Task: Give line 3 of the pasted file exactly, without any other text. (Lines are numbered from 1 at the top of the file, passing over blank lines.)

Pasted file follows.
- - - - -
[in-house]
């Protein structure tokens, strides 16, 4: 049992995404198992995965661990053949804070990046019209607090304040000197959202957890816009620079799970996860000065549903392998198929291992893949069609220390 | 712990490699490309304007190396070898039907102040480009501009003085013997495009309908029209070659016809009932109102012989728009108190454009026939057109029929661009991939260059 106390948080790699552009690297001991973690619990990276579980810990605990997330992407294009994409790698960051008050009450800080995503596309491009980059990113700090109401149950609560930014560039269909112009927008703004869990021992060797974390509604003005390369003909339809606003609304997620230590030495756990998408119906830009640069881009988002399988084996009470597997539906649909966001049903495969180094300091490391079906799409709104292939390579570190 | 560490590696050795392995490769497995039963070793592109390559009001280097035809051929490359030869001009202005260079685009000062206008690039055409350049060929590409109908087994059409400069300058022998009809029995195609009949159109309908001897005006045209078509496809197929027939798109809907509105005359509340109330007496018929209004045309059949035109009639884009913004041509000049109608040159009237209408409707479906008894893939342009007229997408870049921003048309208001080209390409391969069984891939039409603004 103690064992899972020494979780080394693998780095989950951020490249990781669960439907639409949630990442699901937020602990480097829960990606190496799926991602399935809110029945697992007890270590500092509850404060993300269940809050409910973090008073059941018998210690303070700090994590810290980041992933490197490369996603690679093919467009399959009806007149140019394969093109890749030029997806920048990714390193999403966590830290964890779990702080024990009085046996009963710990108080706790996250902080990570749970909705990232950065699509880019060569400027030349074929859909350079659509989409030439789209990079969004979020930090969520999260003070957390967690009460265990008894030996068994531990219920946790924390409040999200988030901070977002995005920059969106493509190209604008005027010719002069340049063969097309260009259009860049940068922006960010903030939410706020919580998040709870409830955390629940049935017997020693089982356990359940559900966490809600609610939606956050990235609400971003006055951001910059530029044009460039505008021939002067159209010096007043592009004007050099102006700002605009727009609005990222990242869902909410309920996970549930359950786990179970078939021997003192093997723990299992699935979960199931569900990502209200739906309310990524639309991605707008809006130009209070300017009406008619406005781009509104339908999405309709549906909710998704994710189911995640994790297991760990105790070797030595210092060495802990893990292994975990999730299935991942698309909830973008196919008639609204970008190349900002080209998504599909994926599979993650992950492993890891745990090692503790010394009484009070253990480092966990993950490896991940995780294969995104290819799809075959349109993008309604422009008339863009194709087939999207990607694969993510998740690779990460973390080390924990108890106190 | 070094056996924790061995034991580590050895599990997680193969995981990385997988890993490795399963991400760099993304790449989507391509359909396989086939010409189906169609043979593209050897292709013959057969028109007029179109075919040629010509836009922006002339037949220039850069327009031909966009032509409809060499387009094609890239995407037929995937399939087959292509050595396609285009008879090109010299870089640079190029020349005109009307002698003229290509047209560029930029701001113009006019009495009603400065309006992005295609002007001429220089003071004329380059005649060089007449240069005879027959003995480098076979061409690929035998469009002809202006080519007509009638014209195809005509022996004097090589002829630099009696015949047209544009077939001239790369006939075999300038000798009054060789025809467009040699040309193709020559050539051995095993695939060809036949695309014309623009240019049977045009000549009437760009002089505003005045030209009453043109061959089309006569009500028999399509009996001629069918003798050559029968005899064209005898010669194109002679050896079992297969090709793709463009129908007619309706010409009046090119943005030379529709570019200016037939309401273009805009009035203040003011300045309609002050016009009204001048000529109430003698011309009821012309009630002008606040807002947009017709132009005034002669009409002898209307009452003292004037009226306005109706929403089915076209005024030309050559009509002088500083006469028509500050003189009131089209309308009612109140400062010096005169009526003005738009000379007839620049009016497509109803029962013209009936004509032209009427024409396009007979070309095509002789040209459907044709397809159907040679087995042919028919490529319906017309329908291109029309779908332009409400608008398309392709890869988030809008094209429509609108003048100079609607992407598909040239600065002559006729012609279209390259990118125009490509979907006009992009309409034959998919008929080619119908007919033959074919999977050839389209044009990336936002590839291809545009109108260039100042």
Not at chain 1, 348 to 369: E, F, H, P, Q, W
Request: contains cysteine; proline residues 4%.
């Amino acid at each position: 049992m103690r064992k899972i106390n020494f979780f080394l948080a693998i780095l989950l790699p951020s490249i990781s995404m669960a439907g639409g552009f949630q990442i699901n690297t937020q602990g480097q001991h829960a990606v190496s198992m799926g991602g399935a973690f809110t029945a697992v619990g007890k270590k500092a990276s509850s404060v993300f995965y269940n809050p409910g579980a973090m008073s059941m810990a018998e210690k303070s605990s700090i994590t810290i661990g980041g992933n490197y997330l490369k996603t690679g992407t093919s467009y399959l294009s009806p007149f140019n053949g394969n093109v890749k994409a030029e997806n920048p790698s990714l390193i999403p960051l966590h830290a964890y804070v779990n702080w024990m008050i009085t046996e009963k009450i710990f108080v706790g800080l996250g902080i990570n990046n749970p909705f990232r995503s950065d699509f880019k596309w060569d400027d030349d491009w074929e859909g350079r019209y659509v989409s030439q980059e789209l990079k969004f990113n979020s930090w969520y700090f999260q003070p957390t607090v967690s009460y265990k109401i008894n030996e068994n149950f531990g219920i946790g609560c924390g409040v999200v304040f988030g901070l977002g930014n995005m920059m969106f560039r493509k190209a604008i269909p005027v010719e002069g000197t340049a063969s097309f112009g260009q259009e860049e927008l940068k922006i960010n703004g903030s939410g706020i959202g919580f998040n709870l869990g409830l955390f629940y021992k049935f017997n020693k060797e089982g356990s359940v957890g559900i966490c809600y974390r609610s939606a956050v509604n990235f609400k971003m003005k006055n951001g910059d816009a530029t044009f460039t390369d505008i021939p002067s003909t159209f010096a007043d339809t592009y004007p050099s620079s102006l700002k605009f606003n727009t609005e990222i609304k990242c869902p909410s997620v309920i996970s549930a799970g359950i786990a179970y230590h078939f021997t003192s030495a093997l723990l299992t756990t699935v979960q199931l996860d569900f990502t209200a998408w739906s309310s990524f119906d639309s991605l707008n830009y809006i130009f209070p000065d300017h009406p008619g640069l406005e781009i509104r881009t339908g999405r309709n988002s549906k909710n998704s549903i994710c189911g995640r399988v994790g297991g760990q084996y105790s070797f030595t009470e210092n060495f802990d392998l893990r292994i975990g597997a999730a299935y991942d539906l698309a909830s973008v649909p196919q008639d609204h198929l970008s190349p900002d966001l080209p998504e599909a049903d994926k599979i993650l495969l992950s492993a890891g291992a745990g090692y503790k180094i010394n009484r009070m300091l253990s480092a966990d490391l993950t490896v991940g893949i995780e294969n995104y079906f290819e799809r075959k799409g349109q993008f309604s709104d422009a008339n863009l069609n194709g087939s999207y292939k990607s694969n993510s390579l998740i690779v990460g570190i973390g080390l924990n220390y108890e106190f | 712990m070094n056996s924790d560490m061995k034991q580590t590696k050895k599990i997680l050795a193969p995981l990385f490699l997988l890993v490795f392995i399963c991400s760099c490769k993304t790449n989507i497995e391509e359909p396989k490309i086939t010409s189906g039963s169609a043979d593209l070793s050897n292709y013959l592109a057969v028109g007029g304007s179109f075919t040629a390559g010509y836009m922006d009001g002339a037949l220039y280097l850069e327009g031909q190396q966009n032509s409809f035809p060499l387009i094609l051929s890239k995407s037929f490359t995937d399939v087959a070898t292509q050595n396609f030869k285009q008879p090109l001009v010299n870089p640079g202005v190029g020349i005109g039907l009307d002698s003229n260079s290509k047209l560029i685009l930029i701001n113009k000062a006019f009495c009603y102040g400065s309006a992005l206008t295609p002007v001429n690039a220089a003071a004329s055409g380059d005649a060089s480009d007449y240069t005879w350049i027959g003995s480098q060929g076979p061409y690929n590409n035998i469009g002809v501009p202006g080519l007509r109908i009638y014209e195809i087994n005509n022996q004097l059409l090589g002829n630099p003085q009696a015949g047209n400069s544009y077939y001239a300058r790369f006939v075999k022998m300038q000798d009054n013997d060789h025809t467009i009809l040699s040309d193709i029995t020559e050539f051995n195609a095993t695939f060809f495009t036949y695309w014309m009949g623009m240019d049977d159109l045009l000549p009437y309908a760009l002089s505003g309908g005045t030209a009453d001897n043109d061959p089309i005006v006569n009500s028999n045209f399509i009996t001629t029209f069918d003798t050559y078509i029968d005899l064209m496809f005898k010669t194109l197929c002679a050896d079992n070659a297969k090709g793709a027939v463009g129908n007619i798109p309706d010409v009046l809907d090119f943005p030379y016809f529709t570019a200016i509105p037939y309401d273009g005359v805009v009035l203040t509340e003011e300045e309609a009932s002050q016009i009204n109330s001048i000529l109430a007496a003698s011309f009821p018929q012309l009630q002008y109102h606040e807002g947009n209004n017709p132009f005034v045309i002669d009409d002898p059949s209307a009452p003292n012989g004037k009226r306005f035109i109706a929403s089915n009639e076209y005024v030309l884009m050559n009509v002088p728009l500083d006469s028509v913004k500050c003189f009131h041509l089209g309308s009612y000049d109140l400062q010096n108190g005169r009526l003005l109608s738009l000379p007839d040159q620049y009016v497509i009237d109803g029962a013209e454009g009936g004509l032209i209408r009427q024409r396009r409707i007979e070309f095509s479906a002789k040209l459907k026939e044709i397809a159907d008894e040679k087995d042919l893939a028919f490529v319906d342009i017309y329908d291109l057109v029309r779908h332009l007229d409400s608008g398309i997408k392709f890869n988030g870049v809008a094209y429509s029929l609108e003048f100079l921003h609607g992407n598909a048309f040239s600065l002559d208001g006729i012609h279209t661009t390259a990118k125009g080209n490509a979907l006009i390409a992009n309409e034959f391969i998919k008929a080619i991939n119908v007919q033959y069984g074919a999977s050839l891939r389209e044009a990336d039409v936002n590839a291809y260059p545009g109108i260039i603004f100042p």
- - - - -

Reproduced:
Not at chain 1, 348 to 369: E, F, H, P, Q, W